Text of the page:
World Thinking Day I Oxford Open Learning
World Thinking Day

World Thinking Day

Okay, so I am sat at my desk staring out of my window at the grey clouds on the horizon. Before I know it, time has passed. What have I achieved? Have I been lazy? Well, actually, no, I haven’t. In fact, I have been thinking, and having time to think is something we often feel guilty for. Our lives are busy, and we feel that we should fill every moment with action. But if you stop to think for a while, the benefits can be huge.

A Quick Guide To The Origins Of World Thinking Day

Now, you might be thinking (get it): this is weird. Why do I need time to think? Well, for nearly 100 years, World Thinking Day has been recognised on 22nd February each year. In fact, all across the world, Girl Guides and Girl Scouts organisations show their appreciation for others by thinking about global situations and how others can be helped. You might be wondering why it is specifically the 22nd of February? Well, it is the birthday of Lord Robert Baden-Powell, the Scouting and Guiding founder. Coincidentally, his wife, Lady Olave Baden-Powell, shared the same birthday – so this day celebrates her life, too, and what she stood for.

Going Global

World Thinking Day used to be just Thinking Day – right up until 1999 when at the 30th World Conference, held in Ireland, the word ‘World’ was added to give the day the much-needed global focus. Nowadays, many Scouting and Guiding groups around the world raise money for worthwhile causes – and all the while this annual day is celebrated with a special theme. Past examples included thinking about water and food. But this year the theme is Our World, Our Thriving Future: The environment and global poverty. It does not mean that this is only a theme for the 22nd of February, of course. Instead, it draws attention to the day and encourages people to spend time thinking about how others can be helped.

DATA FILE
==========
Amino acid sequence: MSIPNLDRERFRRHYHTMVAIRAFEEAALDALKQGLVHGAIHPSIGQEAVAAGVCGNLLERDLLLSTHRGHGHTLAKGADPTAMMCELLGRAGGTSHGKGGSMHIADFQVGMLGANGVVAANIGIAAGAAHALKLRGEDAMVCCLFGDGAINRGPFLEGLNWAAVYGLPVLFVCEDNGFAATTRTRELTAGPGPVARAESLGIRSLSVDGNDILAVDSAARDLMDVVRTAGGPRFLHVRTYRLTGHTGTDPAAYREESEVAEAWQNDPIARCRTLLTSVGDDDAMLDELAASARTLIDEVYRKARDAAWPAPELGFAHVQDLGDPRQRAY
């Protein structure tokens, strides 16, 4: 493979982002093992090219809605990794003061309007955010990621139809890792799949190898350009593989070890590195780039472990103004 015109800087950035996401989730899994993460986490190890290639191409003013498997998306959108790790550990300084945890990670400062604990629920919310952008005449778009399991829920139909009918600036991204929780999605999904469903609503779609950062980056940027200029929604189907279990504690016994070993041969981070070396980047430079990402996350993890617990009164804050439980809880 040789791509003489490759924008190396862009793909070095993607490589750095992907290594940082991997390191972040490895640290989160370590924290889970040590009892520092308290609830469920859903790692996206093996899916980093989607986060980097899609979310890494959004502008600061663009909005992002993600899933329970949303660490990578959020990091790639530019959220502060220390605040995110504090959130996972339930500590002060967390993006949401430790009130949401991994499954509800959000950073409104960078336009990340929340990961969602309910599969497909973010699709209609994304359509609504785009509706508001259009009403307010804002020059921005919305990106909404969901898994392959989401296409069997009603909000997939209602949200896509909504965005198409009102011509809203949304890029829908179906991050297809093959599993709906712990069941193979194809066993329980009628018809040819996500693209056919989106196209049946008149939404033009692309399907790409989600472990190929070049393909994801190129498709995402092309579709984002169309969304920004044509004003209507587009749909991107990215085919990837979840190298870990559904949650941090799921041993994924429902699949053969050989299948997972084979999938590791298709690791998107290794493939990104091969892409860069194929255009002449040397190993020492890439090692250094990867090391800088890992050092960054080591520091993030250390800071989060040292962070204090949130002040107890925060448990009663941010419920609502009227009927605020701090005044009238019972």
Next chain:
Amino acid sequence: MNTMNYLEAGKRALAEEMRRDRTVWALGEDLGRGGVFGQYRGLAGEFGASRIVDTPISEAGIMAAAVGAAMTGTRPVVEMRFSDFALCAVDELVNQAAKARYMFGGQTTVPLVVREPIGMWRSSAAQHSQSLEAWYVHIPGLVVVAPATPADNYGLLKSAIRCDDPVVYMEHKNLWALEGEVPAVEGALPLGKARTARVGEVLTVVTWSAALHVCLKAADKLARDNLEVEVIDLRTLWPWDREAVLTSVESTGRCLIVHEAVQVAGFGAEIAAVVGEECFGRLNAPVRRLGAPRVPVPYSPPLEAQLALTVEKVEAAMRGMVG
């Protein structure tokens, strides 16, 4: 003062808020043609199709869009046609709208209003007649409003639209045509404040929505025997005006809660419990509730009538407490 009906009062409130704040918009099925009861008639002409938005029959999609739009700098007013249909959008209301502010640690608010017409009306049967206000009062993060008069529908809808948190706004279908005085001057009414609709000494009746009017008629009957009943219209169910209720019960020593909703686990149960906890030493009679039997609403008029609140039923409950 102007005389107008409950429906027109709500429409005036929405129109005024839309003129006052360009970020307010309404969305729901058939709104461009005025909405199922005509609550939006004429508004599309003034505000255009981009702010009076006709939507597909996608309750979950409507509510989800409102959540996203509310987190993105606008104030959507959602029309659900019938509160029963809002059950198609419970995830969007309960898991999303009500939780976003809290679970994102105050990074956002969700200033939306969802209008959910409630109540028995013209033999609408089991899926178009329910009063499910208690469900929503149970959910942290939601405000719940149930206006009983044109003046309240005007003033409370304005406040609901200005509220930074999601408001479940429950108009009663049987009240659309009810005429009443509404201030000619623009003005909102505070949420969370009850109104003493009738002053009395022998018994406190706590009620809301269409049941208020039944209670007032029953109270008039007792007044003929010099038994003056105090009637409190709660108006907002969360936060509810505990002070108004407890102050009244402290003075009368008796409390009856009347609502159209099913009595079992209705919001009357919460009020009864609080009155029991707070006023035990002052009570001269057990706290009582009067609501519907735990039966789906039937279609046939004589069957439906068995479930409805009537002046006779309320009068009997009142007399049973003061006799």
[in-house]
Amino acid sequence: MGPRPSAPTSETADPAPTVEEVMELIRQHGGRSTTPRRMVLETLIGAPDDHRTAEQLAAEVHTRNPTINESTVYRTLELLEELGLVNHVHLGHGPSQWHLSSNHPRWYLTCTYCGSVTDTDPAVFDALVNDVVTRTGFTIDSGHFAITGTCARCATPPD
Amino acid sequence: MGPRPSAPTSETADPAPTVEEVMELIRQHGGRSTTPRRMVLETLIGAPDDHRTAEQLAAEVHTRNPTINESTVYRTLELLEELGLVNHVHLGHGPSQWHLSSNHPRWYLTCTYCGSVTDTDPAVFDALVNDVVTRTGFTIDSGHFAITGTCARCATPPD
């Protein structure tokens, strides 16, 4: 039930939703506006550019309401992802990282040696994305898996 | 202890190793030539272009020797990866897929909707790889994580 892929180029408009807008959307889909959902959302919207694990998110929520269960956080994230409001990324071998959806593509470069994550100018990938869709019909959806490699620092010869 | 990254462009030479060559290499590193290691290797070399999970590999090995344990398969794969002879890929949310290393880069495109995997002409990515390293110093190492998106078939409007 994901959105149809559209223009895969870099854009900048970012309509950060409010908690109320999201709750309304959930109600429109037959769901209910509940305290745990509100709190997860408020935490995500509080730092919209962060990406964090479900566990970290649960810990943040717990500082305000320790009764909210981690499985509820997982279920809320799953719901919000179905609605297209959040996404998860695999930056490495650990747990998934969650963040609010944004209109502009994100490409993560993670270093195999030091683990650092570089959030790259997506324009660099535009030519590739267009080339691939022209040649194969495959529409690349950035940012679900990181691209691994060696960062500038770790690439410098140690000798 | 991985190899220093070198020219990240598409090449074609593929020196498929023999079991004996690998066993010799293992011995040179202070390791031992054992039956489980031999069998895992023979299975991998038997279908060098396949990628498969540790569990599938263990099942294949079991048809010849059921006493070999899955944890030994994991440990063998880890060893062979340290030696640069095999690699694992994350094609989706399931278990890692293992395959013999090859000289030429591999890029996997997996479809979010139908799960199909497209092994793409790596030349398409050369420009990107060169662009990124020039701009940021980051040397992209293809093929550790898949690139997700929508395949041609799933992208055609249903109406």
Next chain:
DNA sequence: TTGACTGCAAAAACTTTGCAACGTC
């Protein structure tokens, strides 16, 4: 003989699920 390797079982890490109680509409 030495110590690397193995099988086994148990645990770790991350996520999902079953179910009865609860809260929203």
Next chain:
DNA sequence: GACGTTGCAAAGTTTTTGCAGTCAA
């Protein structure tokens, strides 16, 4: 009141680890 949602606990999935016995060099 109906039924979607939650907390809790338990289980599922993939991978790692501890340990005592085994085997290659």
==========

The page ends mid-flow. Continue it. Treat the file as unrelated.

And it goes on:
Different ways of recognising this special day take place around the world. An example in New Zealand involves rangers climbing Mount Eden before it gets light – and the people who attend spend time thinking about how they are going to help others in less fortunate positions than themselves. Some groups are twinned and they spend time thinking about helping each other. Others focus on writing each other postcards or letters.

So, even though World Thinking Day has its roots in the Guiding and Scouting movement, there is no reason why all of us couldn’t spend a bit more time thinking – not just on 22 February but every day. Who knows where a thought might take you?


Education usually requires a great deal of thinking. If you would like to apply some to the study of an academic subject, Oxford Open Learning offer a variety of courses for study at various levels. You can see which ones are available by going to our home page here. Our Contact page can also be found here.

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